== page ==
On January 10, 2019, Massachusetts Governor Charlie Baker signed legislation amending the state’s data breach law. The amendments take effect on April 11, 2019.
Key updates to Massachusetts’s Data Breach Notification Act include the following:
- The required notice to the Massachusetts Attorney General and the Office of Consumer Affairs and Business Regulation will need to include additional information, including the types of personal information compromised, the person responsible for the breach (if known) and whether the entity maintains a written information security program. Under Massachusetts 201 CMR § 17.03, any entity that owns or licenses personal information about a Massachusetts resident is currently obligated to develop, implement and maintain a comprehensive written information security program that incorporates the prescriptive requirements contained in the regulation.
- If individuals’ Social Security numbers are disclosed, or reasonably believed to have been disclosed, the company experiencing a breach must offer credit monitoring services at no cost for at least 18 months (42 months, if the company is a consumer reporting agency). Companies also must certify to the Massachusetts attorney general and the Director of the Office of Consumer Affairs and Business Regulation that their credit monitoring services are compliant with state law.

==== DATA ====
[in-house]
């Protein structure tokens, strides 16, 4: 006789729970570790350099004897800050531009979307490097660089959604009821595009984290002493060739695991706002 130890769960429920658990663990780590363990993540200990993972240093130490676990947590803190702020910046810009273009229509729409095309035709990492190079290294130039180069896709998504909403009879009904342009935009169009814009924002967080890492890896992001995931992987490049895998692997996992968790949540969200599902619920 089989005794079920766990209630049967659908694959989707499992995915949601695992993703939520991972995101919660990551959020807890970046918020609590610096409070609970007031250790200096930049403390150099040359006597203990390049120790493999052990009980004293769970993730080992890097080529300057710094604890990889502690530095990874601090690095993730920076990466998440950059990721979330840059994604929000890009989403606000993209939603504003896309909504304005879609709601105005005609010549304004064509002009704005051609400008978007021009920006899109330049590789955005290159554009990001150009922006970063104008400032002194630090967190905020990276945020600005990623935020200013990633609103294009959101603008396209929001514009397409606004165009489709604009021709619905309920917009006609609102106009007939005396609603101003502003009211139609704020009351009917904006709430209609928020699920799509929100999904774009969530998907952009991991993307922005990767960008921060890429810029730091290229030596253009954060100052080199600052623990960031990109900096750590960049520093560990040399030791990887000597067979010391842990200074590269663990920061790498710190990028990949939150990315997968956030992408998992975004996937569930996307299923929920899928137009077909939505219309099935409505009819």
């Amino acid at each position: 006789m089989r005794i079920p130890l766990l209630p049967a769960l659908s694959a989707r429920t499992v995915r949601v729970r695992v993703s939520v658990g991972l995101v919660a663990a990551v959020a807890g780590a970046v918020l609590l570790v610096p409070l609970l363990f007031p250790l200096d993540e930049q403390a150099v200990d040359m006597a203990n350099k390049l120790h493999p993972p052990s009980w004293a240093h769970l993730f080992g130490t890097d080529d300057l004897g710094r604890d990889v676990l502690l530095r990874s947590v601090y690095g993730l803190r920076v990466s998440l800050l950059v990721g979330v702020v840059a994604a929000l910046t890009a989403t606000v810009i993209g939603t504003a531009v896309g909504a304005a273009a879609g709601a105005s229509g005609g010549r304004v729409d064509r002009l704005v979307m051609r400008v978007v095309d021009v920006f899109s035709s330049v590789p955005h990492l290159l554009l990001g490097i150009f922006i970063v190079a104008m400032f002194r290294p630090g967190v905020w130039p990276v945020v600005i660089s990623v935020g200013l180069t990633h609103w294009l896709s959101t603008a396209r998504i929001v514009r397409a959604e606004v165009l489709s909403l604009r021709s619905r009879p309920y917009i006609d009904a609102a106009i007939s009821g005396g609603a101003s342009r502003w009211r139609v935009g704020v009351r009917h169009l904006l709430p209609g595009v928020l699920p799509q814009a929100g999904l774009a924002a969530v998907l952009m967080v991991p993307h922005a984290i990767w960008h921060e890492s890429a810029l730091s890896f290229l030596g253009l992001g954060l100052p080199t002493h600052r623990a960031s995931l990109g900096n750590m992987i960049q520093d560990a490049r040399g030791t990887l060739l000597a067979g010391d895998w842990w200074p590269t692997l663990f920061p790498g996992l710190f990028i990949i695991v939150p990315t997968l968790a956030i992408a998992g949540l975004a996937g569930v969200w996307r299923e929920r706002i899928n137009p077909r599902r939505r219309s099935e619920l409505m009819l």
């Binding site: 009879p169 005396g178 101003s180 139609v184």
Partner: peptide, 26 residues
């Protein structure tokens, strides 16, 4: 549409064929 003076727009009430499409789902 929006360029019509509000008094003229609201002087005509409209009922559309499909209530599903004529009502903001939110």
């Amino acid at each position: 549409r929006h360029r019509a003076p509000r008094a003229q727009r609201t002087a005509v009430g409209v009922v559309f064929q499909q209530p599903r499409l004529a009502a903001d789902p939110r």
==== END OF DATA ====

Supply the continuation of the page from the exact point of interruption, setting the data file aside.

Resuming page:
- The amended law explicitly prohibits a company from delaying notice to affected individuals on the basis that it has not determined the number of individuals affected. Rather, the entity must send out additional notices on a rolling basis, as necessary.
- If the company experiencing a breach is owned by a separate entity, the individual notice letter must specify “the name of the parent or affiliated corporation.”
- Companies are prohibited from asking individuals to waive their right to a private action as a condition for receiving credit monitoring services.